Life is unpredictable, it’s the one thing we can all count on. If someone in your home was suddenly injured, would they be able to enter your home and live comfortably? The answer for most of us is no. It’s always a good idea to be proactive and take action to be prepared for unexpected circumstances. In this article we will look at 10 things you can do to make a home accessible. These tips can be used in creating an accessible home for the injured, elderly, or handicapped.
Most of us do not consider how truly inaccessible our homes really are, but the fact is if a wheelchair bound person came into your home right now, it is very likely they would not be able to enter your home without assistance, or even be able to fit through a doorway. There are simple things you can do to make your home more accessible.
Make your home more accessible by taking the following actions:
Widen doorways – An average door frame is not wide enough to accommodate a wheelchair. Instead of ripping down the existing door, consider replacing your existing hinges with offset hinges. This will give an addition 2″ to the door frame width. If you are attempting to make a home accessible for a person living in the home, consider removing the door completely and replacing it with a pocket style door.
Eliminate or change thresholds – A standard threshold (transition from carpet to tile or flooring to doorways) has small bump that may be difficult to get passed if you are in a wheelchair. To make your home more accessible, consider replacing these thresholds with flat ones (available at most home improvement stores), which can be rolled over effortlessly .
Install entry ramps – Creating an accessible home starts with the entry. The elderly, injured and handicapped will very likely not be able to navigate stairs leading up to the home. Therefore, a contractor should be hired to install an entry ramp. A contractor will be able to properly design an entry ramp that will be easy to use and slip-resistant. This is not a job that you should take on yourself.
Multi-floor entry – If your home has more than one floor, how can you make your home more accessible? There are several options. A stair lift is likely the simplest method, and also the least expensive. Other options include having an elevator or a platform lift installed.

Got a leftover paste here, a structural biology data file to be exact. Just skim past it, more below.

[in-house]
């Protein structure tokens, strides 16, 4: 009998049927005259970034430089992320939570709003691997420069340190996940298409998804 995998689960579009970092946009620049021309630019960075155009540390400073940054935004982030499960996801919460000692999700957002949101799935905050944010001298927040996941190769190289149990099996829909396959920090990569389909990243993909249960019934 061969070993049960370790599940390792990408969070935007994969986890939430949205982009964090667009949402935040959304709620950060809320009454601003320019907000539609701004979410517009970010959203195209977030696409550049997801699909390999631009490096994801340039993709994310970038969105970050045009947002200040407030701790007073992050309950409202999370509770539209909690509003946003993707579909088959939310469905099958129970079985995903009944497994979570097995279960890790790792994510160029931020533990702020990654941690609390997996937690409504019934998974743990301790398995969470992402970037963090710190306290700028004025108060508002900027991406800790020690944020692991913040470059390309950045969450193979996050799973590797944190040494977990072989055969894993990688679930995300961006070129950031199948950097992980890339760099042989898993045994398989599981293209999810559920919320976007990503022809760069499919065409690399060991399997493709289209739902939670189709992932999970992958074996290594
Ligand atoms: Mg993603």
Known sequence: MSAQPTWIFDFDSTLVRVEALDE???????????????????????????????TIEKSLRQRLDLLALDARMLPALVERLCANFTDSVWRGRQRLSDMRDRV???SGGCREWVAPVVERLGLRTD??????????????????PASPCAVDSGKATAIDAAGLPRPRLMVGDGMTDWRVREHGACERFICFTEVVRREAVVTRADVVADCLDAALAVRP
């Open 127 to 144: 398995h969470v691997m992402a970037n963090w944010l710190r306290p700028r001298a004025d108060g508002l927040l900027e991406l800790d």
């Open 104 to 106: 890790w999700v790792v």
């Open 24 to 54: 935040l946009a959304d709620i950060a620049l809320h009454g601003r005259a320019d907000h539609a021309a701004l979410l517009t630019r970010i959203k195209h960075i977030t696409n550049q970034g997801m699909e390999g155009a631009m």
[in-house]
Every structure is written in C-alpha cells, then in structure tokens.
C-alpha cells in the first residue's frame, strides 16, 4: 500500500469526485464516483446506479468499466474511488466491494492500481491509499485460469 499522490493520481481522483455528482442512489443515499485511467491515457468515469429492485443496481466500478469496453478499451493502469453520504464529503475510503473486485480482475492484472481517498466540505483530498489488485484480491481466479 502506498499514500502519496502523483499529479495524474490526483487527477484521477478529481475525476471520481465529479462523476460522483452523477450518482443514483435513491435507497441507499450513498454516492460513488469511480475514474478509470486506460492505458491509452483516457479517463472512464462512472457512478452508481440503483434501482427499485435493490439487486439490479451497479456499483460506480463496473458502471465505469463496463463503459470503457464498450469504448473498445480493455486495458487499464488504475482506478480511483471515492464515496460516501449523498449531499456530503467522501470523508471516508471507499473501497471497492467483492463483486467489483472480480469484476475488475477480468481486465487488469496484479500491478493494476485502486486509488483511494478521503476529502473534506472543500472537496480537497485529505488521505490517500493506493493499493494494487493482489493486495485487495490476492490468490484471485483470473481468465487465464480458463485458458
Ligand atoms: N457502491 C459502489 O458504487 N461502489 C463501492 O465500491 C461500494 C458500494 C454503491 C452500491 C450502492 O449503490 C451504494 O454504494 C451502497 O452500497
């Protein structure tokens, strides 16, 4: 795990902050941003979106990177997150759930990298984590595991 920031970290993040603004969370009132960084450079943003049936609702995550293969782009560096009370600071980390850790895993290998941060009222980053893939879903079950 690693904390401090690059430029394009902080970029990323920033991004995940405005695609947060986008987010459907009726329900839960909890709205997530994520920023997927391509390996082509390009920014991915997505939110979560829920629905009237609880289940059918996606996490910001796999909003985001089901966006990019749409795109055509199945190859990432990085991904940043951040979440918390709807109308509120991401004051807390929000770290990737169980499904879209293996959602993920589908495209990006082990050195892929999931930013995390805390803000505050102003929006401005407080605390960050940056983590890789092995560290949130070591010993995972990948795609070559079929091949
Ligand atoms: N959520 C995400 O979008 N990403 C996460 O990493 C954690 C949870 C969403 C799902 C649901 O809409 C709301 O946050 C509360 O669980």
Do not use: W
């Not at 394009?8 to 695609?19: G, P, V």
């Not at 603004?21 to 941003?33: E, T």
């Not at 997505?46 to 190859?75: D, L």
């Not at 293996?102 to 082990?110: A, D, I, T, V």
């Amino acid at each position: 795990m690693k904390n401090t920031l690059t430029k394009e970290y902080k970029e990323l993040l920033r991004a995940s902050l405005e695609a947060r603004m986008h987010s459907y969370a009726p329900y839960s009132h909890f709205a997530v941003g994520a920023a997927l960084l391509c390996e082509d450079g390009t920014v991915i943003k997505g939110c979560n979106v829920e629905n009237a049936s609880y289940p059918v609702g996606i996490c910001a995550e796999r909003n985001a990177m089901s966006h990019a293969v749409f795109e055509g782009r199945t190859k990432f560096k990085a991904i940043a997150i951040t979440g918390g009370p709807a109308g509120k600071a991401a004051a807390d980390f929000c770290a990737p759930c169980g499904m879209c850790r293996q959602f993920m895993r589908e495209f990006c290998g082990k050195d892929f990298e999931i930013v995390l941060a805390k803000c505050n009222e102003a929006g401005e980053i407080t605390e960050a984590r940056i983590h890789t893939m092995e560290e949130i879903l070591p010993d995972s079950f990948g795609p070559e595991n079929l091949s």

Replace turning doorknobs – A turning doorknob can be difficult to operate for those individuals with a limited grasp or arthritis pain. When creating an accessible home, you can replace these turning doorknobs with levered doorknobs. Now, all an individual will have to do is push the lever and the door will open.
Add handrails – Everyone can benefit from having handrails in their home, but especially those that are attempting to make a home elderly accessible. Handrails should be installed on both sides of interior stairwells to prevent falls, and also near any exterior stairways.
Widen and clear passageways – To accommodate walkers and wheelchairs, passageways should be a minimum of 42″ in width. They should also be cleared of any clutter and debris to allow safe and clear passage.
Install grab bars – When a person has limited mobility, they need to be able to ensure their safety for even the most basic tasks. Grab bars should be placed near the toilet, and by the bathtub and shower. There should also be a grab bar located near the bed when creating an accessible home.
Bathtub/Shower Options – In some cases, a grab bar is not adequate enough in creating an accessible home. For some, the simple act of standing in a shower or getting up and down in the bathtub is simply too difficult. In this case, consider providing a shower chair (a.k.a a tub transfer seat) or replace your bathtub with a walk-in bathtub or curbless shower.
Replace appliances – If you are making your home more accessible for a person living in the home, you will need to reconsider the appliances that are used. Top loading washing machines are nearly impossible for a wheelchair bound individual to operate, however a front loading machine should be simple to use. In addition a standard, top/bottom refrigerator is only partly accessible, where a side-by-side model will be easier to use. Standard cook tops can be replaced with ones with low, front controls.
There are many other things you can do to make your home more accessible, but these ideas are a good place to start. When it comes to creating an accessible home, keep in mind that a person’s dignity and independence is at stake, and in some cases that is all they have left.
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